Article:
I had heard the geese on the move for the first time on August 8th, their distinctive trumpeting announcing their departure. I was aware of the changing sounds of the evening insects; crickets, grasshoppers katydids and the like. I saw the asters, harbingers of fall, blooming in my garden. It just hadn’t yet hit me that summer was over, until, as I said, I read these two blog posts.
Tantoverde’s post conjured images of copious amounts of apples and baking, baking with abandon, baking to keep up with the yield. It made me yearn for warm apple pie with a hot cup of tea.
More visions of a bountiful apple harvest and abundant baking came to me with the reading of GaH’s post contrasting the lazy days of summer with the clues of fall’s arrival. GaH transitions between summer and fall with the phrase, “Then comes a storm, and when it ends, the air is cold, and won’t get warm again. And suddenly you realize that fall is here.”
The day after I read this, the storm came as if on cue. Well, not exactly a storm, but a definitive rain which changed the quality and the smell of the air. Now, even when the sun is out and there is warmth, there is a damp crispness around the edges of the day like the juicy crispness you find when biting into a fresh fall apple.
After reading these two blog posts I just had to go out and buy apples. Not grocery store apples… orchard apples, newly plucked from a local tree.
With the first bite, I engage in being a locavore and it pays off. A perfect blend of sweet and tart, crisply yielding.
I’m ready now for fall, ready to enjoy the last few warm days that will tease us. Ready for the nights to cool more and more, plants tucking themselves into the ground for winter, trees shedding their excess in colorful glory.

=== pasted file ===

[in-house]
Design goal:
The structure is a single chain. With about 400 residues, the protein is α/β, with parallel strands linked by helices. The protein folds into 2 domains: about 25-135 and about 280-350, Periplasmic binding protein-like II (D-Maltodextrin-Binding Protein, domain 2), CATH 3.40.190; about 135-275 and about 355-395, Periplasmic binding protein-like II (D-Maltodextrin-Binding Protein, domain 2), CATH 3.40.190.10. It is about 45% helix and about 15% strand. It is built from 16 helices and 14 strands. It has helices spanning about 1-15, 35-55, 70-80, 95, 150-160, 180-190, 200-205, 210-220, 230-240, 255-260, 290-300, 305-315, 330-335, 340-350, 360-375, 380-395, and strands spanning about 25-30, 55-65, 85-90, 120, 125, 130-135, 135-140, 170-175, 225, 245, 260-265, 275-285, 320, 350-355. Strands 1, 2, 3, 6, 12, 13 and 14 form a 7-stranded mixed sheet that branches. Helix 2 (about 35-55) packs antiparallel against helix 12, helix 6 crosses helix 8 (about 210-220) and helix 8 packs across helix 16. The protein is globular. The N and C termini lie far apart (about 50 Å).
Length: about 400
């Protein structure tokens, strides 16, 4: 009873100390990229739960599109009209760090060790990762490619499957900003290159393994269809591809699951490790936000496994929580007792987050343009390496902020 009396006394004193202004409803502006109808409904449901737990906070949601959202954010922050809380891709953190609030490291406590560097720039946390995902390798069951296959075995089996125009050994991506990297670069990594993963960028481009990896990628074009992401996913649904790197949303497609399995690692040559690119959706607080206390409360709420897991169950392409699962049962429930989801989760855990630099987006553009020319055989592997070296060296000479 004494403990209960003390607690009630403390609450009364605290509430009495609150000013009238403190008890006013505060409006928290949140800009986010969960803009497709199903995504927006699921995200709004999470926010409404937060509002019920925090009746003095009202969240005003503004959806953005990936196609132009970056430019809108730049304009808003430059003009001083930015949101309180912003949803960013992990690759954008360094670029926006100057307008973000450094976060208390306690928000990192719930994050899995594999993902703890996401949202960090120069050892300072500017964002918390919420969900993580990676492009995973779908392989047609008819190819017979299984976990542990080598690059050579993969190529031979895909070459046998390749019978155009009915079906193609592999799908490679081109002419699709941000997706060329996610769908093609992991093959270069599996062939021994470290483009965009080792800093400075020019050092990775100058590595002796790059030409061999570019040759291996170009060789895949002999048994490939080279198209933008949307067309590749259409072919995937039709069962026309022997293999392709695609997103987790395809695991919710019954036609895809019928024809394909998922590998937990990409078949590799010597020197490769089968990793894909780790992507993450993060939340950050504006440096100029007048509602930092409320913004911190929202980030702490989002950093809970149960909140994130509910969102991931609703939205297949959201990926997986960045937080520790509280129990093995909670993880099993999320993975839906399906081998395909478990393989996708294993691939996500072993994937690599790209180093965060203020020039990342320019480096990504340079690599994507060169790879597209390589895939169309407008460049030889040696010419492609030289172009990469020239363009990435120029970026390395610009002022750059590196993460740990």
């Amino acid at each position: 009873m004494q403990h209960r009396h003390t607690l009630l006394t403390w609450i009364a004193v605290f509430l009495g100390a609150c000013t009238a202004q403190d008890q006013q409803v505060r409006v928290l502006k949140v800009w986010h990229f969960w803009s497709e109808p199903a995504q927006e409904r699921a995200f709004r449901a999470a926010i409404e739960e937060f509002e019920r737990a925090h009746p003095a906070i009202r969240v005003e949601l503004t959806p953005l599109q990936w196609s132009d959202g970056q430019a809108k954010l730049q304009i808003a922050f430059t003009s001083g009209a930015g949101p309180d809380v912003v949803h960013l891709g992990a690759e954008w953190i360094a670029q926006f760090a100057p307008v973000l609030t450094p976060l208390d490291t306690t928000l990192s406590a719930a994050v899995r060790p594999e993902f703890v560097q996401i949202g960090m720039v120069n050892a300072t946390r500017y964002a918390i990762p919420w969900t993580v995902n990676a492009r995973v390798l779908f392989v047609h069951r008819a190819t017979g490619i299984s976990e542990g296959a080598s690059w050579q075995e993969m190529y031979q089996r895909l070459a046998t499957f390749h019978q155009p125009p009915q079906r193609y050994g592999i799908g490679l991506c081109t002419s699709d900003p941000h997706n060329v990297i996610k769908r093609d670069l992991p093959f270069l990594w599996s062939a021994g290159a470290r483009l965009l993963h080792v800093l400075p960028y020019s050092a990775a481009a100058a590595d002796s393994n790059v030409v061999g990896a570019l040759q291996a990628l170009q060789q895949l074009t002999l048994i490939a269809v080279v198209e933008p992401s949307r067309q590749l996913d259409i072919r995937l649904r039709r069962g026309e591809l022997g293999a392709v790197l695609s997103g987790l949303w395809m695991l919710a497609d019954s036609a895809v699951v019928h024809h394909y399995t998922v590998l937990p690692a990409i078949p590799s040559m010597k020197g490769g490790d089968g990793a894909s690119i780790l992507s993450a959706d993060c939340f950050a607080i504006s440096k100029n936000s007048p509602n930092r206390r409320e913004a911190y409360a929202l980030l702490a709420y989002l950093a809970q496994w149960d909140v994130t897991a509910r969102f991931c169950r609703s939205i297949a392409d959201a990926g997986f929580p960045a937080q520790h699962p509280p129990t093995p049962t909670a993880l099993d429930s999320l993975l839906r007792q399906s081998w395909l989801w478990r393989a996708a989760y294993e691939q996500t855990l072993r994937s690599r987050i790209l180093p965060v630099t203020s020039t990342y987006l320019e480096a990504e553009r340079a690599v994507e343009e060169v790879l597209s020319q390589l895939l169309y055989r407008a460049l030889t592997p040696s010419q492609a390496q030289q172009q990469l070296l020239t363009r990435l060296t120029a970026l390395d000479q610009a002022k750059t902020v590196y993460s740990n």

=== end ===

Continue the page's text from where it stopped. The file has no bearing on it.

Fall is a time of transition, a time to transition from outdoors to indoors. The tablecloth comes off the picnic table. Meals are eaten inside. The hammock gets stored. The gas grill will still be used, but not nearly as often. The raking will commence, hopefully to be finished before the first snow. The firewood gets stacked, the chimney cleaned, and the window screens are exchanged for storms.
I feel the transition beginning within myself as well, shifting my attention from external doings to a more inward view. Fall is a time to pause and reflect. To take stock. Some things end. Some become dormant, to rest and refresh. Nature turns inward and so do I. Fall brings clarity with bright color and light, a focusing introspection.
What meaning does fall hold for you?
This post was written as a response to the Blogging101 assignment, Be Inspired by the Community. All of the photos in this post, except for the last one, were taken a couple of days ago after reading GaH’s and Tantoverde’s blog posts. I would like to extend many thanks to them for the inspiration. 🙂